They Put the “Success” in Succession Planning

A look at how three very different local businesses were able to make the transition to a new generation

Nearly 90% of businesses in the United States — and worldwide — are family owned. And for many of these businesses, the ultimate goal is to exist long past the founder’s lifetime and serve as a family legacy that brings wealth and success to generations to come.

The reality, however, is that only approximately 30-40% of family-owned businesses are successfully transferred to a second generation, and only about 13% make it to a third generation. Frequently cited among the top reasons for a family-owned company’s demise is a lack of succession planning.

A good succession plan clearly lays out how a company will be transferred to the next generation. It defines how ownership of the family business and assets will be divided, and who will serve in what role. Maybe most importantly, it is clearly communicated and agreed upon by all parties involved well before it is needed. The result is a plan that ensures continuity for the business, and its employees, and that protects the family’s wealth, and often its relationships.

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Unfortunately, only about one-third (34%) of family-owned businesses report having a solid, documented and well communicated succession plan in place. Almost another third (31%) have no plan other than the owner’s will.

Every business, and every family, has its own unique strengths and issues, but these three local businesses have at least one thing in common, they have all successfully navigated the succession process and were willing to share the lessons they learned in hopes of helping others do the same.


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Bart’s Office, Inc.

A commercial moving and office installation company, Bart’s Office, Inc., is a second-generation, family-owned company that includes 40 full-time employees and services the Gulf South area and beyond. Among its largest recent projects was working with the Louis Armstrong New Orleans International Airport to move all its seating to its new location and complete some of the restaurant installations. Just a handful of the company’s other clients have included AT&T, Entergy, Catholic Charities, the City of New Orleans, Delgado, Louisiana State University, the U.S. Department of Housing and Urban Development, Touro Infirmary, and the World Trade Center.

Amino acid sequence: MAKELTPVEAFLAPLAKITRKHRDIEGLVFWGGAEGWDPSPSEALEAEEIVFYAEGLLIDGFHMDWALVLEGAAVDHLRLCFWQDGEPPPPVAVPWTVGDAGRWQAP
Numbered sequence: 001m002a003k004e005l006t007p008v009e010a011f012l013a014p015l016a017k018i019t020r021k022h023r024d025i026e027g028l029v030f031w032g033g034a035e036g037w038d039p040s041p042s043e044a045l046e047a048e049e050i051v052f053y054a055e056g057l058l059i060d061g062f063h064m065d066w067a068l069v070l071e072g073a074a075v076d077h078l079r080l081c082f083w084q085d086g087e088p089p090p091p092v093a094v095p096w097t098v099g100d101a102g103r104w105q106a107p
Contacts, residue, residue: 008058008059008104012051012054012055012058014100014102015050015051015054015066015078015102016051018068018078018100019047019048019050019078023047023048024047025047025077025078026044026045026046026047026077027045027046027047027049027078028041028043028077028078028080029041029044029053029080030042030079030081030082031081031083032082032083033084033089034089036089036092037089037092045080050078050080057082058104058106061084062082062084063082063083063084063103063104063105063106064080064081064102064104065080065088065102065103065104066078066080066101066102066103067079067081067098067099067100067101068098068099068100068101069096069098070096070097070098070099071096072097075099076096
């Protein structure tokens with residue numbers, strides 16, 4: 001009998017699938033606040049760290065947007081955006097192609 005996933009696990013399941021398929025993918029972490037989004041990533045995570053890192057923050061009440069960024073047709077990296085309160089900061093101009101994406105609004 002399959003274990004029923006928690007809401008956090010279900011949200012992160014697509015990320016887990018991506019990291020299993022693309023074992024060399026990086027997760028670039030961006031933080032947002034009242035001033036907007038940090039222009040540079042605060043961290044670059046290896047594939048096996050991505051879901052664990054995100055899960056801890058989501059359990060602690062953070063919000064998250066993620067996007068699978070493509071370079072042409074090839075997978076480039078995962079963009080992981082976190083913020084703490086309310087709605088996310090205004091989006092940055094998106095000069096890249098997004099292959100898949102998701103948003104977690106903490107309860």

The company was founded by New Orleans natives Bart and Kathleen Thibodeaux in 1978 as Bart’s Office Furniture Repairs. Bart had previously been installing office furniture for Dameron Pierson, a sales company in Metairie.

“My dad would be out on job sites and clients would ask him to fix furniture for them,” explained Courtney Hebert-Davis, the Thibodeauxs’ eldest daughter. “Since he had installed the furniture, he knew it well and he could repair it, so he did. Eventually, he went to his boss and suggested they offer repair as a service. They weren’t interested, but his boss said he’d refer any clients to him if he started his own business.

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“So, he went to my grandfather for support, and my grandfather was angry at first. He actually used to love to tell us the story: My grandfather worked for AT&T and assumed that my dad would do the same and basically thought, ‘What, this isn’t good enough for you? This is how I supported our family.’ He ended up agreeing to support my dad for a year, and he said by the end of that year my dad was making more money than he was.”

Assuming they would have a son to succeed them in the business, the Thibodeauxs actually had four daughters — Courtney, Ashley, Kasie and Alexie — whom their father was determined to instill with a strong work ethic.

“There are a lot of people who will shy away from hard work,” said Hebert-Davis, “but my father never allowed us to. And even though he did not have boys, he certainly didn’t treat us like we were incapable of doing things.”

In 2000, when his eldest child was only 22 years old, Bart underwent a liver transplant as a result of complications following a motorcycle accident. For the following almost two decades, until his death in 2019, he was too sick to run the family business. Kathleen continued to run the office, while Ashley, their second-eldest, ran operations. The furniture repair business grew into furniture installation.

By 2010, all four sisters were working in the business. For seven years prior to her return, Hebert-Davis had owned a Planet Beach spray tan company on Metairie Road, which she grew and sold. When she decided to return to the family business, she said she aimed to use what she had learned to make a change.

“I wanted to run more like a corporation and less like a mom-and-pop operation,” she said. “At that time, the company was over 30 years old and we had about three people who worked for us full time. My sisters and I started growing the company about 30% year-upon-year. It was a lot. We were flying by the seat of our pants.”

After their father’s death, three of the daughters began moving away from the company for various reasons, including Ashley, who started her own consulting firm.

“Everything [for the company] was always decided by vote, and that was getting harder and harder with not everyone there for the day-to-day,” said Hebert-Davis. “So about a year ago, my fiancé and I went to my sisters with the idea of buying them out.”